Tuesday, September 15, 2015

Brown Scare Comes To The WWE

>Hears Wagner's Ride of the Valkyries<
 
 

"Good God!" - Jim Ross, WWE announcer
"WHAT!?!?" - Jerry "The King" Lawler
 "That's... that's the Brown Scare's music!" - Jim Ross

No, there is not a new wrestler in the WWE called the Brown Scare. For a female wrestling figure, there was a little hiccup on the way towards the spotlight the WWE provides. Unfortunately, Zahra Schreiber had an instagram account with a long history of photos. Many were fine. While in the past she had caused a little wrestling scandal with naked pictures leaked (cute woman despite the tattoos), a specific picture was discussed with the worst word possible "problematic". Zahra Schreiber was fired by the WWE because one photo from years ago showed a wall decoration that had a swastika on it.

This was spun by the media as posting offensive pictures of Nazi imagery. If you look at the picture posted on Instagram, it reveals that she was not posting pictures of it deliberately or in any way to incite feelings. In comparison to punk rockers of a generation ago who wore swastikas or toyed with Nazi aesthetics, her little Instagram pic was insignificant. It is a picture of her room's wall that has a decoration that is visible in one corner of the picture. Schreiber was confronted by "fans" and responded better than mopes who just apologize and beg for forgiveness. Sadly, that was not enough. Schreiber would have to be dealt with.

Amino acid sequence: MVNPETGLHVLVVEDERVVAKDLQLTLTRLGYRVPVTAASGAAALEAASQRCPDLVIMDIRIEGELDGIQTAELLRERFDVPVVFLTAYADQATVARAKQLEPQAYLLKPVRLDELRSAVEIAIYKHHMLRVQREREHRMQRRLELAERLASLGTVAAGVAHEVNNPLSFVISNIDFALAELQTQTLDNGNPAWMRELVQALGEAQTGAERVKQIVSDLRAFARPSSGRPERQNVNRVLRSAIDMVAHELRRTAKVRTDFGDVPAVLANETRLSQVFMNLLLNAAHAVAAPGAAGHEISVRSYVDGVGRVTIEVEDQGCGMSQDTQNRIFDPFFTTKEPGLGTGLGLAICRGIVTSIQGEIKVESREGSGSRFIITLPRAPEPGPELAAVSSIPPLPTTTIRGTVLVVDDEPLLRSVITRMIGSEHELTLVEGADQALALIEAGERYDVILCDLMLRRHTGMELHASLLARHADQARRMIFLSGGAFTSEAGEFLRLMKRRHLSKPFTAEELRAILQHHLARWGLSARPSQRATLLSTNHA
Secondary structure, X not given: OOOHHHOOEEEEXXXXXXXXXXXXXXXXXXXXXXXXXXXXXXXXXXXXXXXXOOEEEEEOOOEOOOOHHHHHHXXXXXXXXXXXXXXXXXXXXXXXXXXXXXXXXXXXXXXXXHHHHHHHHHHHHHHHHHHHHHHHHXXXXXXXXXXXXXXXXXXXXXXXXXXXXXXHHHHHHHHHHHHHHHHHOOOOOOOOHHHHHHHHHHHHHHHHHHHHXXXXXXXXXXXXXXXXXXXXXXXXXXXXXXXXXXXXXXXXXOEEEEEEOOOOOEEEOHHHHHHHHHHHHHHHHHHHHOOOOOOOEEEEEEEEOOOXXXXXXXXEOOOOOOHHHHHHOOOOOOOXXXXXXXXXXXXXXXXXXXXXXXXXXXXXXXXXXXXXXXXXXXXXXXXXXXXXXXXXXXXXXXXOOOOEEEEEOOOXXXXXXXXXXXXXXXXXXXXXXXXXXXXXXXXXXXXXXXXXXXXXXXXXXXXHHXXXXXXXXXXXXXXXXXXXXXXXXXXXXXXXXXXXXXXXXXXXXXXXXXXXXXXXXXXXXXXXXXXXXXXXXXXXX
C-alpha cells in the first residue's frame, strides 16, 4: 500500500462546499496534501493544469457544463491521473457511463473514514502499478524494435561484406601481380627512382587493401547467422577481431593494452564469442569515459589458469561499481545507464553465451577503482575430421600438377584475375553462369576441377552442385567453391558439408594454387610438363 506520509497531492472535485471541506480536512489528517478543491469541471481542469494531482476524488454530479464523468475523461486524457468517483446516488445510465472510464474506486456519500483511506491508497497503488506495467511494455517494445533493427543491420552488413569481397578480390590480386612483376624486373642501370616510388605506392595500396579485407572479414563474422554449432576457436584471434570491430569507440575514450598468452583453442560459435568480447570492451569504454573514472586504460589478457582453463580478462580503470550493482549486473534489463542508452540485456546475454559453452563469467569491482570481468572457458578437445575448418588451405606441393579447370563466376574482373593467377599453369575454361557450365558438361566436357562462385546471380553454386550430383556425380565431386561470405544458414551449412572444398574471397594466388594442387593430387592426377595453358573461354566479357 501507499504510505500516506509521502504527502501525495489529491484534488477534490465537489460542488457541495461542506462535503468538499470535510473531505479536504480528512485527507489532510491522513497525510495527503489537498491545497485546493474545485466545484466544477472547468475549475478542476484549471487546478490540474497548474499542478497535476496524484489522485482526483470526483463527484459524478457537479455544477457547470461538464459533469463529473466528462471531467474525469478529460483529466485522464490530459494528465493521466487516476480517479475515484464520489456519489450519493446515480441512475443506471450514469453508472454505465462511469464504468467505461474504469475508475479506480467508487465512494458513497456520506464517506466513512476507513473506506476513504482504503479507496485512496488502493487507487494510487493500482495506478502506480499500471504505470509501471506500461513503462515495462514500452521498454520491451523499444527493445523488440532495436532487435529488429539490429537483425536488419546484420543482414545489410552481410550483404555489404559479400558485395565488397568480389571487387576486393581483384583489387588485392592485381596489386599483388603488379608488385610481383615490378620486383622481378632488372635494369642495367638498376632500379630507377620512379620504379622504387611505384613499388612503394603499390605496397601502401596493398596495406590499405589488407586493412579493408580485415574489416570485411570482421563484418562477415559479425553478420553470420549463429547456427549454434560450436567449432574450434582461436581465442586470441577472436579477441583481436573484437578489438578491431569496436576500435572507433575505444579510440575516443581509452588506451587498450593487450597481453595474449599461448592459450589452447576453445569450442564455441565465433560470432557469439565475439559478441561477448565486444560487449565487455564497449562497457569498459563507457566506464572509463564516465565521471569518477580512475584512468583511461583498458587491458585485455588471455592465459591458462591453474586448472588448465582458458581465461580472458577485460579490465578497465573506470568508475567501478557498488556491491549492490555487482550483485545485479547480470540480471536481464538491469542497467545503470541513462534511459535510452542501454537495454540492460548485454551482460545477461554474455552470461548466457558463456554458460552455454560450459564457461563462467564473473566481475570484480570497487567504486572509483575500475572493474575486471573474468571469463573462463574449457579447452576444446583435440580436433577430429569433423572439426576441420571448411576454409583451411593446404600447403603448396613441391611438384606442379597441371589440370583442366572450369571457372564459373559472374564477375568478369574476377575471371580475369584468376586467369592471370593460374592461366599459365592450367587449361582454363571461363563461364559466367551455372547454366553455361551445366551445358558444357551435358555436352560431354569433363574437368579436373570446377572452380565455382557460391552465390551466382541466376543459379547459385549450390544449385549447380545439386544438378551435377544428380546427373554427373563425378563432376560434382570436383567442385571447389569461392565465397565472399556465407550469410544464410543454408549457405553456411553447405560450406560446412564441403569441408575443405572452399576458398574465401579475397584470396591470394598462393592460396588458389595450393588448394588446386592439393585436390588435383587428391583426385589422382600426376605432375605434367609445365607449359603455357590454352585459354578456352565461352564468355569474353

Of course we know if this were Che, Mao, Stalin, Soviet or Khmer Rogue imagery, it would be okay. Commies rule, the rest of us suffer. Instead of noting the stupidity of this from a sports entertainment firm that has waded in the grossest stereotypes of all ethnicities, races, nationalities, regions, religions or genders, why not ask one question? What is an acceptable swastika appearance? Is it okay if it is on a book binding in your bookshelf? Is it okay on WW2 memorabilia? Is it only okay on memorabilia or books if the books are anti-Nazi or well respected historical reviews?

Memorabilia is tricky. I ask as many Americans have ancestors (my grandfathers and their brothers all did) that served in WW2, fought and killed Nazis. These men brought back items with Nazi insignia, things of the Italian Fascist government and even Vichy France markings. Can't you just imagine the SJWs treating Vichy France items like they are the worst thing in the world. "Oh no, you collected Vichy France memorabilia? Wow just wow, that's like collaborating with collaborators!" Are modern Americans allowed to have them, display them, and have them show up in random photos on social media?

Of course they can be okay in the right context. They are acceptable on one condition. One must clearly state how evil and horrible the Nazis were for killing millions of people in the worst genocide in the history of the world. Actually there are two conditions. The second is never ever state how the communists killed far more than the Nazis ever did and how the USG, academia and the media were complicit in enabling those governments and covering up their crimes.

4 comments:

Alexandros HoMegas said...

Communist crimes have been buries because of the "Chosen": http://theriseofrussia.blogspot.com.br/2010/11/im-glad-that-gruesome-story-of-katyn.html

Big Bill said...

About ten years ago, LICRA (the big Jewish + antiracist org. In France) sued Yahoo for listing Nazi WWII memorabilia for sale by a third party. Apparently, selling your old granddad's WWII Mauser, watches, medals, knives, belt buckles, hats or other war booty is a criminal offense in France.

See LICRA v. Yahoo: https://en.wikipedia.org/wiki/LICRA_v._Yahoo!

Glengarry said...

Is a swastika OK if it's on the t-shirt of an Indian guy?

Nick B Steves said...

How can a Jewish looking girl with a Jewish name be a Nazi?